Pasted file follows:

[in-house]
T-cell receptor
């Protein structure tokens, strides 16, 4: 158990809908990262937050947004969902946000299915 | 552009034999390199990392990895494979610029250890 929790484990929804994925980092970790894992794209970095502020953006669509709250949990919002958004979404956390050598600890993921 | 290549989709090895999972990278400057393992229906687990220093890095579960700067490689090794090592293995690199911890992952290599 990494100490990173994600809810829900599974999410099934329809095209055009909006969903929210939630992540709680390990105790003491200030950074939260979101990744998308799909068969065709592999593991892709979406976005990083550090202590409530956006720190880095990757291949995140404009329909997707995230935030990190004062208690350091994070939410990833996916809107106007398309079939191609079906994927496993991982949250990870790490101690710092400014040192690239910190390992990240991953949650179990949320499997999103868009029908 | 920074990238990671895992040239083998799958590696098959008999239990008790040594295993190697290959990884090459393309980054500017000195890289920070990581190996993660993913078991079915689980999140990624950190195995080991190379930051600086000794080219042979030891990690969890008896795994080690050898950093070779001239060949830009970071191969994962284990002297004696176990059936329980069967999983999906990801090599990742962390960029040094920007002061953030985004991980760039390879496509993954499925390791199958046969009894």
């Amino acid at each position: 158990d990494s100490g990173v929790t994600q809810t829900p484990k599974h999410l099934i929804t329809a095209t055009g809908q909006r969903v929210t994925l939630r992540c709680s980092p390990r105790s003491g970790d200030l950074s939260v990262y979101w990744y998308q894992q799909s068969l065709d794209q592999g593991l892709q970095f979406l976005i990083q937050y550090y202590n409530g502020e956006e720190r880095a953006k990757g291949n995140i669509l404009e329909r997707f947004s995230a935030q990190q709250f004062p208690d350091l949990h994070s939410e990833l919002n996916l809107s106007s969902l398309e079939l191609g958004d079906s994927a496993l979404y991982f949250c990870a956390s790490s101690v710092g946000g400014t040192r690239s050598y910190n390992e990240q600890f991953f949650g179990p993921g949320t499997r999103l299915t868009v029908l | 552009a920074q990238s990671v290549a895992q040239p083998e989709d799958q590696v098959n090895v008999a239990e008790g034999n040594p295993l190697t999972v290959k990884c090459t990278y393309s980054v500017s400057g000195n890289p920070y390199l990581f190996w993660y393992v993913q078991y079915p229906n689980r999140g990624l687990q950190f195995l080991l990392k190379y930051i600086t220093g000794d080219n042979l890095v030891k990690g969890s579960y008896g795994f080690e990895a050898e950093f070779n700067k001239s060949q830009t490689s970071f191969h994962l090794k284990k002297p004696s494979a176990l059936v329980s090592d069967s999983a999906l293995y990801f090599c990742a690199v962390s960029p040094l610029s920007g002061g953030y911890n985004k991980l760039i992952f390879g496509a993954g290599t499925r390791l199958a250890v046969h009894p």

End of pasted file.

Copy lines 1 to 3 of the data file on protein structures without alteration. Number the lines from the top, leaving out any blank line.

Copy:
[in-house]
T-cell receptor
């Protein structure tokens, strides 16, 4: 158990809908990262937050947004969902946000299915 | 552009034999390199990392990895494979610029250890 929790484990929804994925980092970790894992794209970095502020953006669509709250949990919002958004979404956390050598600890993921 | 290549989709090895999972990278400057393992229906687990220093890095579960700067490689090794090592293995690199911890992952290599 990494100490990173994600809810829900599974999410099934329809095209055009909006969903929210939630992540709680390990105790003491200030950074939260979101990744998308799909068969065709592999593991892709979406976005990083550090202590409530956006720190880095990757291949995140404009329909997707995230935030990190004062208690350091994070939410990833996916809107106007398309079939191609079906994927496993991982949250990870790490101690710092400014040192690239910190390992990240991953949650179990949320499997999103868009029908 | 920074990238990671895992040239083998799958590696098959008999239990008790040594295993190697290959990884090459393309980054500017000195890289920070990581190996993660993913078991079915689980999140990624950190195995080991190379930051600086000794080219042979030891990690969890008896795994080690050898950093070779001239060949830009970071191969994962284990002297004696176990059936329980069967999983999906990801090599990742962390960029040094920007002061953030985004991980760039390879496509993954499925390791199958046969009894």